In March’s blog we focus on three papers published in the last month, all concerning liver disease. Two of these papers focus on hepatic complications in pregnancy, with an emphasis on practical management and avoiding complications in patient with non-alcohol fatty liver disease. The third paper discusses the use of the Bristol Prognostic Score (BPS) to determine mortality from cirrhosis in a Scottish cohort of patients. Additionally, we discuss a publication in Gut, reclassifying hepatocellular carcinoma based on immunogenomic features that may help determine optimal treatment strategies.
In the first paper Koralegedara and colleagues look at the predictive value of the presence of NAFLD for some specific complications of pregnancy. NAFLD is an established risk factor for a number of complications in pregnancy but as the authors point out, prospective evidence of the effect of NAFLD in low or middle-income countries is lacking. The authors assessed the impact of NAFLD on 632 pregnant women from Anuradhapura district, Sri Lanka. Of these women all were screened with an ultrasound during the 1st trimester- 90 (14%) and 234 (37%) were diagnosed as having fatty liver grade 2 and 1, respectively. Incidence of GDM increased with increasing fatty liver grade, from 11/100,000 in grade 0, 44/100,000 in grade 1 and 162/100,000 in grade 2. Those with grade 2 were 12.5x more likely to develop GDM compared to grade 0 after adjusting for confounders. The authors also determined that fatty liver grade 2 was the only independent risk factor that remained significant for miscarriage after adjustment for age, parity, body mass index, blood sugar, blood pressure, and haemoglobin level, with an odds ratio of 4.2. NAFLD is a major risk factor for adverse outcomes in pregnancy and should be actively treated with weight loss strategies prior to conception.
In the next paper Morrison et al review the evidence and provide practical strategies for managing hepatic complications in pregnancy. Whilst these complications are rare, prompt management can avoid the potentially devastating consequences for both mother and fetus. Diagnosis of these disorders can be determined by biochemical and clinical features. The authors specifically mention acute fatty liver of pregnancy, intrahepatic cholestasis of pregnancy and haemolysis, elevated liver enzymes, low platelets (HELLP) syndrome. Whilst the management of these disorders is largely supportive, it should have impact on the timing of delivery and some specific therapy can be utilised in certain conditions- such as ursodeoxycholic acid in cholestasis. Overall early diagnosis and better supportive therapy has reduced the mortality and morbidity related to this challenging group of disorders but I thoroughly recommend reading the full practical advice in the article.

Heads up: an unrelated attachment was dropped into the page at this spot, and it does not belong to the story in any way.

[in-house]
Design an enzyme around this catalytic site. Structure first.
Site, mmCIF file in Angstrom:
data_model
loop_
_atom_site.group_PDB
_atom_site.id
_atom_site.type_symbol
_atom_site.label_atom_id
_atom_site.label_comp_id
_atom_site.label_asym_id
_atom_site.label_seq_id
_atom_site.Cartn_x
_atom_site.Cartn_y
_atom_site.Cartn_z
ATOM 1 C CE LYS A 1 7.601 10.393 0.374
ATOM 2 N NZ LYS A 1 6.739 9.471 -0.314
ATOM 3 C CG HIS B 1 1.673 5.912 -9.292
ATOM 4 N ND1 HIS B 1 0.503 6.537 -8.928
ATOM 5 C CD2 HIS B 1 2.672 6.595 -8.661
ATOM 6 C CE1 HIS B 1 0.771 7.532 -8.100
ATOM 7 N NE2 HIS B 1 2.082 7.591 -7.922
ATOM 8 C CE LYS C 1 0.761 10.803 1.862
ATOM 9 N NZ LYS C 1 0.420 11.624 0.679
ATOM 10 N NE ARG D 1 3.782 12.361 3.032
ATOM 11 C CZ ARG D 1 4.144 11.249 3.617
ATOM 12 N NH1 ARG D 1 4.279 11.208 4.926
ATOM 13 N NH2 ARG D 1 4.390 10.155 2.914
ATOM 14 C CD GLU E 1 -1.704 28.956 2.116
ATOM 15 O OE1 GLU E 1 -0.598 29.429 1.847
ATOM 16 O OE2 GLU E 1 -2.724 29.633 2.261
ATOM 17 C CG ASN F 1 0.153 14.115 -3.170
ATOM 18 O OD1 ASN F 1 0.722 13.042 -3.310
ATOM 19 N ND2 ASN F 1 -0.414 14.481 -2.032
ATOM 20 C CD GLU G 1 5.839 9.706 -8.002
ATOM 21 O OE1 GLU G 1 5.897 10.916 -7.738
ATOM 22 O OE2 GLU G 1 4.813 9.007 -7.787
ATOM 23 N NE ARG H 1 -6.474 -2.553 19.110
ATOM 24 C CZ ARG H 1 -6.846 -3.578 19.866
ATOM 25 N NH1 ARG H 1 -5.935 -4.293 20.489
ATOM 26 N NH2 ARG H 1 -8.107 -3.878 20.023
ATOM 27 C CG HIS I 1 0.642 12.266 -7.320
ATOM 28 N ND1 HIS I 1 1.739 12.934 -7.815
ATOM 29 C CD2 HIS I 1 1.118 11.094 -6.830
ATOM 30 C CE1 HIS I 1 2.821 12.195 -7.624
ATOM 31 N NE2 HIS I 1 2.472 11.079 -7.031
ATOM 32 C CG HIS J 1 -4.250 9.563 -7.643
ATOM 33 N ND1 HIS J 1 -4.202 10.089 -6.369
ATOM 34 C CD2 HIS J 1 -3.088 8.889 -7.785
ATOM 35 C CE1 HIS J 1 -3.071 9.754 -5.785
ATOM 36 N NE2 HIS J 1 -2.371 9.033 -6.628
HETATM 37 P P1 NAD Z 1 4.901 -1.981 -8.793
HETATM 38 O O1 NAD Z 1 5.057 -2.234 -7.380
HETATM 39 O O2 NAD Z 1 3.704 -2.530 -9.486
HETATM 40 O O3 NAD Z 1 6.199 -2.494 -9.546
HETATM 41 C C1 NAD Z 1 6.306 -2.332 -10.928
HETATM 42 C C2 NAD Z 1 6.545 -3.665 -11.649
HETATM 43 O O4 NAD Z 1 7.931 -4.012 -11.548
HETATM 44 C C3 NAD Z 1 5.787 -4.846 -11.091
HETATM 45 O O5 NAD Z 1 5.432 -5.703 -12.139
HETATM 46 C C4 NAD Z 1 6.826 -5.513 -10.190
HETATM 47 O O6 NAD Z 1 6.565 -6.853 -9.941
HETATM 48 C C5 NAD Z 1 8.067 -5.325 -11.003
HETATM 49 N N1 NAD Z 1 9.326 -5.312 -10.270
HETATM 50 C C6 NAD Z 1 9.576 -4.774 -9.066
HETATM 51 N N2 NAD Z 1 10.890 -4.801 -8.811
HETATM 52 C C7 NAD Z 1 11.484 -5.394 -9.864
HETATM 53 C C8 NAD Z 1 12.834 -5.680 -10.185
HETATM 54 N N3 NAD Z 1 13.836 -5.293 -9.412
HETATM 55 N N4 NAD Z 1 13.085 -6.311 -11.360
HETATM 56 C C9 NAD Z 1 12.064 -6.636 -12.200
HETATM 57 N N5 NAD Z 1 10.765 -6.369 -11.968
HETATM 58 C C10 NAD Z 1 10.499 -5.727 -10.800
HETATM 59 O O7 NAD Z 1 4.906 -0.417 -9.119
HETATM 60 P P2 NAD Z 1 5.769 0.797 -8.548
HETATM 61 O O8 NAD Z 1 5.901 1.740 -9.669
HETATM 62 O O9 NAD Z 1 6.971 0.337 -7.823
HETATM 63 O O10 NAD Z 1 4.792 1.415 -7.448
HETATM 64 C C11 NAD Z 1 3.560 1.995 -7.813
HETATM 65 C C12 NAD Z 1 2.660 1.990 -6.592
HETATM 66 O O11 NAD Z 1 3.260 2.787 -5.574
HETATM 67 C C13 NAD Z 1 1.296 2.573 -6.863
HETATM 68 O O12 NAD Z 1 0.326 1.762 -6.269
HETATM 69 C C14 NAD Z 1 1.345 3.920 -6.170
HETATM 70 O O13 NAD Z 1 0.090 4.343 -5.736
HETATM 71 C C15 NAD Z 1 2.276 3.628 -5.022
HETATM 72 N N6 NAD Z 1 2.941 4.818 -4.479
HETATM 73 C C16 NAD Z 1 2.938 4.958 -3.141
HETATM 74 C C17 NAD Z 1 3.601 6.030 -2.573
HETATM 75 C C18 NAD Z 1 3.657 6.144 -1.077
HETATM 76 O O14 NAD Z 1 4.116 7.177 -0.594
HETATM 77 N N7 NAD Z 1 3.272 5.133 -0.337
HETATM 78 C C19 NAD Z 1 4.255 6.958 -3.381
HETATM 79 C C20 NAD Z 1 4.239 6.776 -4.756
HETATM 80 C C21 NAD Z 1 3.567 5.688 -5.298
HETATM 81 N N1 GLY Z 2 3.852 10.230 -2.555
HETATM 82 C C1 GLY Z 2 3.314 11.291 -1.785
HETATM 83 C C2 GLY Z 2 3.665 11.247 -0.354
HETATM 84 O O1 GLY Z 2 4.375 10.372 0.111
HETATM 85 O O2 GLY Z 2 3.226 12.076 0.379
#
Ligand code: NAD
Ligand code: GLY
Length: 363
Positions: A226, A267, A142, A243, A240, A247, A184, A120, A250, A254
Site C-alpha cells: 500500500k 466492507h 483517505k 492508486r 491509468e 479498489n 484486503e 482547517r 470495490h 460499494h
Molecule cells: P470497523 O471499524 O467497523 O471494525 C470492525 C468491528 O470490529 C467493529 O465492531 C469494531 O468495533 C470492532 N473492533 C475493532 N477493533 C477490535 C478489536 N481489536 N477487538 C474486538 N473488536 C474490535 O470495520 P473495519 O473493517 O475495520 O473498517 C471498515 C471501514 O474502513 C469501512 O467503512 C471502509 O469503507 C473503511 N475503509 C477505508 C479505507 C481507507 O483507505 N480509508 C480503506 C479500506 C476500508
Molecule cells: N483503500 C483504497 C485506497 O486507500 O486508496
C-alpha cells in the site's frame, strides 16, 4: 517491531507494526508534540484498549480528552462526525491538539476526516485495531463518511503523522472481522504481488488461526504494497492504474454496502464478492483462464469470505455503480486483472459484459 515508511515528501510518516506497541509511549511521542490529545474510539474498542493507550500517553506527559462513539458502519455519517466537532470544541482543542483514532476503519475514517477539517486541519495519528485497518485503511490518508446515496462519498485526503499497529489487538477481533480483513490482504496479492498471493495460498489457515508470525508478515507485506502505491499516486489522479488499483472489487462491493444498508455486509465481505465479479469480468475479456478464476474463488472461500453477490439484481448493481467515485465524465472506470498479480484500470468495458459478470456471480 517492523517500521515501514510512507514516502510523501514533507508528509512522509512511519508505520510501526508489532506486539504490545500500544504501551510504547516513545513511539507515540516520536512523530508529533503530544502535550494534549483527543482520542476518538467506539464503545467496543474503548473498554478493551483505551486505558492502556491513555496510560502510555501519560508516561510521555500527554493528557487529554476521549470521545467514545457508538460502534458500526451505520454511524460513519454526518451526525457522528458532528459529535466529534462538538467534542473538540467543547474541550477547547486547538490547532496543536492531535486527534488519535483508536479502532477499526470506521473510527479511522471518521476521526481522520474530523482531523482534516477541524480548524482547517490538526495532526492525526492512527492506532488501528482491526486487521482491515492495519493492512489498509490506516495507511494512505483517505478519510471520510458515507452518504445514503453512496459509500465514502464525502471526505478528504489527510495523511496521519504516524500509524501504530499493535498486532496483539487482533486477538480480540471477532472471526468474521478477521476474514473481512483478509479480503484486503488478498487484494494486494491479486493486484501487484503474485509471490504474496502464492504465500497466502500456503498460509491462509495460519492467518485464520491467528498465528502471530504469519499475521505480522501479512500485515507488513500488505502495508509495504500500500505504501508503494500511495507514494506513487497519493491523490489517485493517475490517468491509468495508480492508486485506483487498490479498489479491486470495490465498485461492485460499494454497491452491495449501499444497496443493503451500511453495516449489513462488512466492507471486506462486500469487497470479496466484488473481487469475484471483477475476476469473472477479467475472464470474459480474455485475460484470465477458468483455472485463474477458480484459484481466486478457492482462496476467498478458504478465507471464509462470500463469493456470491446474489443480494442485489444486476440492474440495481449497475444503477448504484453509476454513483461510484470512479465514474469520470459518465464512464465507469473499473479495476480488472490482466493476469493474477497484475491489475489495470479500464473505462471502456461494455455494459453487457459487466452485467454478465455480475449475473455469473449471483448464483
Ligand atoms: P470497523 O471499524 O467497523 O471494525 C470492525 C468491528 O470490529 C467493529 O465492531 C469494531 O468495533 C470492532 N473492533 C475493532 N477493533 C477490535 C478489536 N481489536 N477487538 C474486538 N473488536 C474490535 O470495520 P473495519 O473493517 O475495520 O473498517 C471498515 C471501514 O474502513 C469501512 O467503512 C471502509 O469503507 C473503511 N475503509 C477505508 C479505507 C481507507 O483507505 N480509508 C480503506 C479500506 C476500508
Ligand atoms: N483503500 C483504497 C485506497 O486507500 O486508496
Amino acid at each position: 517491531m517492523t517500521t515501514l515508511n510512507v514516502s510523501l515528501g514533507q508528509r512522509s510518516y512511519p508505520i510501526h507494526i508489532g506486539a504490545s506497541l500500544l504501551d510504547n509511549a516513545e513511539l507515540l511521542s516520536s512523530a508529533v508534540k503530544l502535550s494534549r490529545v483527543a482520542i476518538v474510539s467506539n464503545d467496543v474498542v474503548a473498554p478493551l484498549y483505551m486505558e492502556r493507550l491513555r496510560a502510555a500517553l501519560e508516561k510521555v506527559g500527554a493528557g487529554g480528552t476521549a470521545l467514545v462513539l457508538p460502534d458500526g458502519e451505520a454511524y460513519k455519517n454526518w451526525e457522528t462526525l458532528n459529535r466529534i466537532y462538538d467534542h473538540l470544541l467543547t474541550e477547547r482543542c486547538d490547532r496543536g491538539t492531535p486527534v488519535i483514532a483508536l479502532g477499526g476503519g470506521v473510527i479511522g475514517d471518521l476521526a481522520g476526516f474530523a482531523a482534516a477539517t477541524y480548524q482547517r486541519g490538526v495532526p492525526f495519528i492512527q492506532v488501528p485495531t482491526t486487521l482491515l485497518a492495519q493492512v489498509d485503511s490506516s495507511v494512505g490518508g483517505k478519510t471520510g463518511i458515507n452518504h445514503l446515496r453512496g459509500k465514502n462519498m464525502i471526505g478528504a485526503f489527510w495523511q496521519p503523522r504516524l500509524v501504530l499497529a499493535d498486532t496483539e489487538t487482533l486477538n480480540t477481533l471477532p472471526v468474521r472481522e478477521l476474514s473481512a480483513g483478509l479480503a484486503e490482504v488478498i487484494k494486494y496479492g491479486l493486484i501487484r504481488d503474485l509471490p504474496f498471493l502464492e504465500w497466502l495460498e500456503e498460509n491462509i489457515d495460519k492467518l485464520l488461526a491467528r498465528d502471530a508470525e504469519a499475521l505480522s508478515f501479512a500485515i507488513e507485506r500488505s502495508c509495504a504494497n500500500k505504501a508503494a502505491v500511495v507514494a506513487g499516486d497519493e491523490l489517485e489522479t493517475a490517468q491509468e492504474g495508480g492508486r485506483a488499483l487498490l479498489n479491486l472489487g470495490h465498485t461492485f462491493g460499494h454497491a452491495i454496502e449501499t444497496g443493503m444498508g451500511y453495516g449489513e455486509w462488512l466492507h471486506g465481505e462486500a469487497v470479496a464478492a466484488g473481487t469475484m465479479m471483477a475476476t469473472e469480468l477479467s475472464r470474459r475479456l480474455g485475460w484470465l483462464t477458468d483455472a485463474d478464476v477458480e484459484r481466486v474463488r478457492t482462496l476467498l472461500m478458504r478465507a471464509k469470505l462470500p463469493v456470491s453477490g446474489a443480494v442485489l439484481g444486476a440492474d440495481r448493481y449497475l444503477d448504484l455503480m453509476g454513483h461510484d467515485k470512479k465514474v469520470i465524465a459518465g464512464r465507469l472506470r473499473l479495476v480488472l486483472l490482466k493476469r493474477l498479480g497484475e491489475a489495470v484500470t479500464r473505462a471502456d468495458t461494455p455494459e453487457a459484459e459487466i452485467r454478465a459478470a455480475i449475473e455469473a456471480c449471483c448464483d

The final article from BMJOG Bower’s and colleagues present data on the Bristol prognostic score for mortality in cirrhosis. Here the authors apply this score, which has the aim of identification of patients with life expectancy of less than 12 months, to 3 cohorts of patients from Scottish hospitals over two 90-day periods. In total 276 patients were included. Those included were more likely to be middle-aged men and have alcohol-related liver disease. Bristol prognostic score >3 indicated a positive result predicting mortality within 1 year. Compared to the original publication, patients from the Scottish cohorts had more hospital admissions, and higher ongoing alcohol use. The score performed relatively poorly in these cohorts, sensitivity 54.9% (72.2% in original study), specificity 58% (83.8%) and positive predictive value 43.4% (81.3%). The authors conclude that the score was not useful in this patient group and further validation is needed for these predictive scoring mechanisms.
Finally, we mention a ground-breaking publication in Gut, concerned with revising the classification of HCC based on immune and genetic features. The authors took a multi-omic approach through RNA and exome sequencing, T-cell receptor (TCR)-sequencing, multiplex immunofluorescence and immunohistochemistry in a cohort of 240 HCC patients. The classification was compared to response to immunotherapy and the results were validated in a separate cohort of 660 patients. 37% of patients had an inflamed class of HCC, characterised by a 20-gene expression signature (~90% captured by this RNA-based biomarker). Secondly the intermediate class of HCC was characterised by TP53 mutations. Finally, the excluded class were enriched for CTNNB1 variation and PTK2 overexpression. The authors hope that this improved molecular classification system can help to predict the immune response in HCC.